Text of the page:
You may have noticed that plug-ins are grouped into different types in the Plugin Manager. These different types operate in different areas of Joomla and at different points of the rendering process. Each plug-in type dispatches its own triggers, so let’s go over them in detail from a user’s perspective—even if some of it gets a little “geeky.”
When users log in to your website, their login credentials are verified against the users that are registered on the website. If you wanted someone to be able to log in using a Google account, you’d want to enable the Authentication–GMail plug-in. When someone tries to log in, her username and password will be verified by Google using its API. If she logs in successfully, an account with the same login credentials will automatically be created in Joomla.
The only authentication trigger that can be dispatched is onAuthenticate.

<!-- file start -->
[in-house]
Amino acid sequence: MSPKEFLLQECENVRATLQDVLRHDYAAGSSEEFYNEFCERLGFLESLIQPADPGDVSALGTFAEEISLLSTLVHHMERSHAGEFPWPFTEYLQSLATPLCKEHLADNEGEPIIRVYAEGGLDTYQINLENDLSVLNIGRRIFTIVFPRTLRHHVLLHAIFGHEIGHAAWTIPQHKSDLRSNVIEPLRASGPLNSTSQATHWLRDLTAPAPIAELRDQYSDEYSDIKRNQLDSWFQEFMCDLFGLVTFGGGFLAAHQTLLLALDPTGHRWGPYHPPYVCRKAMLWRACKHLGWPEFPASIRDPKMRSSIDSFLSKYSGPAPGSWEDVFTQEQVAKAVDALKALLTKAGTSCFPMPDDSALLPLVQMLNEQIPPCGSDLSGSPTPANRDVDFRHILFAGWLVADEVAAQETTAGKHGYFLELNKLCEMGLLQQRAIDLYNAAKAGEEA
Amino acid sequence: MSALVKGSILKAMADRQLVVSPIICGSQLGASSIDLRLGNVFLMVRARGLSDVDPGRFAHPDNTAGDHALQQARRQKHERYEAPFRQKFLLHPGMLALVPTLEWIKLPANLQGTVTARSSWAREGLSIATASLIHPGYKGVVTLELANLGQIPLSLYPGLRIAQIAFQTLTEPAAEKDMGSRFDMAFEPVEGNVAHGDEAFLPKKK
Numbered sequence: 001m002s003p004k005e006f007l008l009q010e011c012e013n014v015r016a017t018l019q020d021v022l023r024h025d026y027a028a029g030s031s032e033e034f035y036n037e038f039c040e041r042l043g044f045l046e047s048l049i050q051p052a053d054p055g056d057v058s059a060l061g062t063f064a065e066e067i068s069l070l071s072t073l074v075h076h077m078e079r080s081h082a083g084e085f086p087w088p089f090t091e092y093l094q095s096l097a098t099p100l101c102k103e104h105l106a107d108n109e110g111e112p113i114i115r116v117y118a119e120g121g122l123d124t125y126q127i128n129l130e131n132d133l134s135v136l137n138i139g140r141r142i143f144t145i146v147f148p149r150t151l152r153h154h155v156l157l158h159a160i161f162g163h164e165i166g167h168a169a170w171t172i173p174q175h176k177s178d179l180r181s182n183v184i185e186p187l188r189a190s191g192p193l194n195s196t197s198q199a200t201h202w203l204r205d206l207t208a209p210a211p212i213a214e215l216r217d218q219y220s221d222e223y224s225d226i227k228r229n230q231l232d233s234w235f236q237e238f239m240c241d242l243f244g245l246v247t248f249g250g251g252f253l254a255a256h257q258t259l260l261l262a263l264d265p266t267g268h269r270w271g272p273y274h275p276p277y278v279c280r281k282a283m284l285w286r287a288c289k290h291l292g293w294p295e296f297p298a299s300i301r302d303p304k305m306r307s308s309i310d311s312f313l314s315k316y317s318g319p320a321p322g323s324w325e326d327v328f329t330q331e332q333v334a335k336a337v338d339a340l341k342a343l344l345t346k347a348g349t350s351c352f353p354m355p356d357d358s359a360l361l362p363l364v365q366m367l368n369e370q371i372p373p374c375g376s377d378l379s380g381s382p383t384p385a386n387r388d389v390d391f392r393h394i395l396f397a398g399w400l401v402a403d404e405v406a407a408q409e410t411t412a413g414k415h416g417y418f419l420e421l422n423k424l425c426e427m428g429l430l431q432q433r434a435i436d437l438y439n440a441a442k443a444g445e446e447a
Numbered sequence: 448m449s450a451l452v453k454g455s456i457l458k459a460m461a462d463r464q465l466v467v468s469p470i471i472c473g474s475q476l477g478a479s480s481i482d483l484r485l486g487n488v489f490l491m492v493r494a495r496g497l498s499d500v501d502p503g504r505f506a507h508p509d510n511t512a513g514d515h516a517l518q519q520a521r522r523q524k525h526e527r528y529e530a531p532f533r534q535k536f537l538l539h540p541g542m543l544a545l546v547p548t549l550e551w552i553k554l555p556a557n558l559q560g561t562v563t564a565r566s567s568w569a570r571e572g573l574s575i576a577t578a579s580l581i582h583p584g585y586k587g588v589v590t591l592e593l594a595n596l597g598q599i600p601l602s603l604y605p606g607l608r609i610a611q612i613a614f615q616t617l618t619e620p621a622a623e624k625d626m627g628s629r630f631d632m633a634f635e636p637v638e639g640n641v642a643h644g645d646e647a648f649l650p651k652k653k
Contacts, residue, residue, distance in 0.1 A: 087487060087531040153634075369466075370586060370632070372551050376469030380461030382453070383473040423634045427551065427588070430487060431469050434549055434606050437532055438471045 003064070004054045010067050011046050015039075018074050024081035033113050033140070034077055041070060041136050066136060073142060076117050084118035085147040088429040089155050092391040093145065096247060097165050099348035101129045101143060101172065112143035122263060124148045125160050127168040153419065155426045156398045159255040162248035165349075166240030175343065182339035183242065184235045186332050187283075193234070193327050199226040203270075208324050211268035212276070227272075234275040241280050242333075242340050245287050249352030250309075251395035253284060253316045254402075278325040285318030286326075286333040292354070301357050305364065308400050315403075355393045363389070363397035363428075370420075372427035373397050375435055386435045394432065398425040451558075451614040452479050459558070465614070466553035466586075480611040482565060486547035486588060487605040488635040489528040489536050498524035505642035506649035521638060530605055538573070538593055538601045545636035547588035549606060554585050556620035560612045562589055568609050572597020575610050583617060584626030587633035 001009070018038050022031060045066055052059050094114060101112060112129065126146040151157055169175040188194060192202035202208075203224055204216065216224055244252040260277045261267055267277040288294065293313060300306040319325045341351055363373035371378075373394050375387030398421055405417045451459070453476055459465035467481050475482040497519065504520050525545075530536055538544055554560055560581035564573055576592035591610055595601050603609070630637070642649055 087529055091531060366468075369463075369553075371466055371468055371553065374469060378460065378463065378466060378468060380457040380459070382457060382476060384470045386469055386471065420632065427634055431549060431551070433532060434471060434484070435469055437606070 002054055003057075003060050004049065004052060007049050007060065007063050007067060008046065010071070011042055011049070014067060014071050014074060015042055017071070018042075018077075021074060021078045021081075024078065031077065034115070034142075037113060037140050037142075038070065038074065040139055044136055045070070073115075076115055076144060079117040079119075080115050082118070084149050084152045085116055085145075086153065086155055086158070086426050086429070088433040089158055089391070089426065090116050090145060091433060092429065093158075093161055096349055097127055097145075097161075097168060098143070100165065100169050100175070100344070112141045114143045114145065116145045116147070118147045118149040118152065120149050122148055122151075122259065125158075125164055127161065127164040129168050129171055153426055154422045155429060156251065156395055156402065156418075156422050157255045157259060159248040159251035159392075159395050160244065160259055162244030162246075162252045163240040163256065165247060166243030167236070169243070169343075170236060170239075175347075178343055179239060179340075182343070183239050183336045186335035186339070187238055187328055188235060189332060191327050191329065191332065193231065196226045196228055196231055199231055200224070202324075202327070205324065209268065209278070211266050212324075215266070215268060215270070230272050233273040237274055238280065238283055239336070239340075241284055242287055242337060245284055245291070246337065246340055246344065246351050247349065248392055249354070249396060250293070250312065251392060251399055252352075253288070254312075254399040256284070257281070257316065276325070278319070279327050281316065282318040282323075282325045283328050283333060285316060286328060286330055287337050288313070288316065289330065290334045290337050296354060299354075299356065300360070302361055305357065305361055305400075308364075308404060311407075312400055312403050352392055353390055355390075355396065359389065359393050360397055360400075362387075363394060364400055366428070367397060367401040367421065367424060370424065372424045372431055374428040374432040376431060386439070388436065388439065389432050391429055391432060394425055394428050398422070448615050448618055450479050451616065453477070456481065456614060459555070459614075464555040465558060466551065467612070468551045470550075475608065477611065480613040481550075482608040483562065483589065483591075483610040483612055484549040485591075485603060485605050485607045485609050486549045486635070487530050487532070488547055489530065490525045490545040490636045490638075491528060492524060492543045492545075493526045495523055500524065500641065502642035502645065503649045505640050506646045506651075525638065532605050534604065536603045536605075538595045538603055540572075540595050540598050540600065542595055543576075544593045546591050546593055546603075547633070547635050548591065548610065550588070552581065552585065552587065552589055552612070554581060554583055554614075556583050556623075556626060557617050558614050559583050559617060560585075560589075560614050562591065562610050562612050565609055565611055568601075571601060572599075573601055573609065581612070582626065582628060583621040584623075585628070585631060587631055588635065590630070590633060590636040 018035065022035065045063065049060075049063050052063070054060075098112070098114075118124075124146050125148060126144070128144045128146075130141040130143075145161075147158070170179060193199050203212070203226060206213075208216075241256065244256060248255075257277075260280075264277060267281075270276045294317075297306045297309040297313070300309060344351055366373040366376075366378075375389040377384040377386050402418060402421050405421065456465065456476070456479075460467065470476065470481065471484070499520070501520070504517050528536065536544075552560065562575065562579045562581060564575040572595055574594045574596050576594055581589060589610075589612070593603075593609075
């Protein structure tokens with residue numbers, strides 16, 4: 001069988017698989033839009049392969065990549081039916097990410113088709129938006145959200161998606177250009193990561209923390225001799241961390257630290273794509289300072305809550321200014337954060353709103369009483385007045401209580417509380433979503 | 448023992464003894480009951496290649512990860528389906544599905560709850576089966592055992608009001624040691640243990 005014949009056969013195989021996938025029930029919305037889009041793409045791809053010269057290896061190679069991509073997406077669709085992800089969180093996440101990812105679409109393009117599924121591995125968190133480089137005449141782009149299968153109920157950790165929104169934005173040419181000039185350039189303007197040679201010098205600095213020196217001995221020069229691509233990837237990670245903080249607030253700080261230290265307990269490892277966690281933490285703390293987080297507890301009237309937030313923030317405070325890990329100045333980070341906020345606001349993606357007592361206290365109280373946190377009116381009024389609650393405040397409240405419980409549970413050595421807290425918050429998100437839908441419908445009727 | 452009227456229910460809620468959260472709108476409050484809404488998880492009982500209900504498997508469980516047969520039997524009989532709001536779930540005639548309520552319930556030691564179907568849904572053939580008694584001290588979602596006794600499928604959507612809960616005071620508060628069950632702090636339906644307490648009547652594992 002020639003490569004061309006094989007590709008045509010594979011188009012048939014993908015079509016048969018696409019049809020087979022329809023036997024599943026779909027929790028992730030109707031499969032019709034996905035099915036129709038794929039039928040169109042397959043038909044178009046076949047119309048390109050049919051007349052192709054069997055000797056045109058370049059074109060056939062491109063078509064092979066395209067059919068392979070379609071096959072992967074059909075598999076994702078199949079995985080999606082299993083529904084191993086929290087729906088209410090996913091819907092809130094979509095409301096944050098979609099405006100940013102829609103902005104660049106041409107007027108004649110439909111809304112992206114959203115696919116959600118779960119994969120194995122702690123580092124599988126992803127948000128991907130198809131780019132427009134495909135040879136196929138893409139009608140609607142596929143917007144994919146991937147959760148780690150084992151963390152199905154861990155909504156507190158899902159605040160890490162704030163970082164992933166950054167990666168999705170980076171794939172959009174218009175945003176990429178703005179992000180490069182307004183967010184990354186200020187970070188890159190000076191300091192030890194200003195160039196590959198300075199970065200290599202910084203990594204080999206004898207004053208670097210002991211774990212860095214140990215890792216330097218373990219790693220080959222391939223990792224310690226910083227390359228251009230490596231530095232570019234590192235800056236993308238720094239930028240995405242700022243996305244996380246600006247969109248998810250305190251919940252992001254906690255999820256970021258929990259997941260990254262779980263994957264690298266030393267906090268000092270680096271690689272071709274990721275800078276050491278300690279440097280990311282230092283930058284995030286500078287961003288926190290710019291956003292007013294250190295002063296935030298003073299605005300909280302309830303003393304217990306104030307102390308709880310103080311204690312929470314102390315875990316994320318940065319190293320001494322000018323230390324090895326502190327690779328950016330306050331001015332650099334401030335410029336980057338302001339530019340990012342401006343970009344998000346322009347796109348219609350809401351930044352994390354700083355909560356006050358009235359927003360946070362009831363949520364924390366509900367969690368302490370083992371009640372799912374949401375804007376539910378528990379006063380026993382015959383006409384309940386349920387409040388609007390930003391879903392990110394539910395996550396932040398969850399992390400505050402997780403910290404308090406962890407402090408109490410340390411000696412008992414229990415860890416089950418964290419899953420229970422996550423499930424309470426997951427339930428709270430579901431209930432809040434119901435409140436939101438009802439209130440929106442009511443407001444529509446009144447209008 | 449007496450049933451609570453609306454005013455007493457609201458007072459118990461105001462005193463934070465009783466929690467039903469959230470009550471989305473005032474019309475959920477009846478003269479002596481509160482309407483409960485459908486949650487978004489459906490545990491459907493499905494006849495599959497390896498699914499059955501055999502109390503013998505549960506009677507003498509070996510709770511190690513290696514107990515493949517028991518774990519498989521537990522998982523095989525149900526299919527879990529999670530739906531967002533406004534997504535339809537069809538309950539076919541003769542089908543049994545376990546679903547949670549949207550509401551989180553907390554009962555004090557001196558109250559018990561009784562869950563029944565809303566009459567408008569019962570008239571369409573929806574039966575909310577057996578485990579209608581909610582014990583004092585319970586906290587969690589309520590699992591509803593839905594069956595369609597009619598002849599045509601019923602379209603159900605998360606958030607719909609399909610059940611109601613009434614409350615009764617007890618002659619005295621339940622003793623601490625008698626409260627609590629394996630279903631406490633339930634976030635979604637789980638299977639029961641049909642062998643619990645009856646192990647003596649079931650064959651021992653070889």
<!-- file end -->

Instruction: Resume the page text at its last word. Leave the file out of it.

You should never disable the Authentication–Joomla plug-in. Doing so will prevent users from logging in to your site. This even includes Super Administrators. If you accidentally disable it and can’t log back in, change the published field in the jos_plugins table to 1 for the Authentication-Joomla record. You will most likely need to use phpMyAdmin, a tool for managing MySQL tables, to accomplish this. If you don’t know how to access it on your website, contact your hosting provider for assistance.
These plug-ins only affect articles. Content type plug-ins allow you to add functionality ...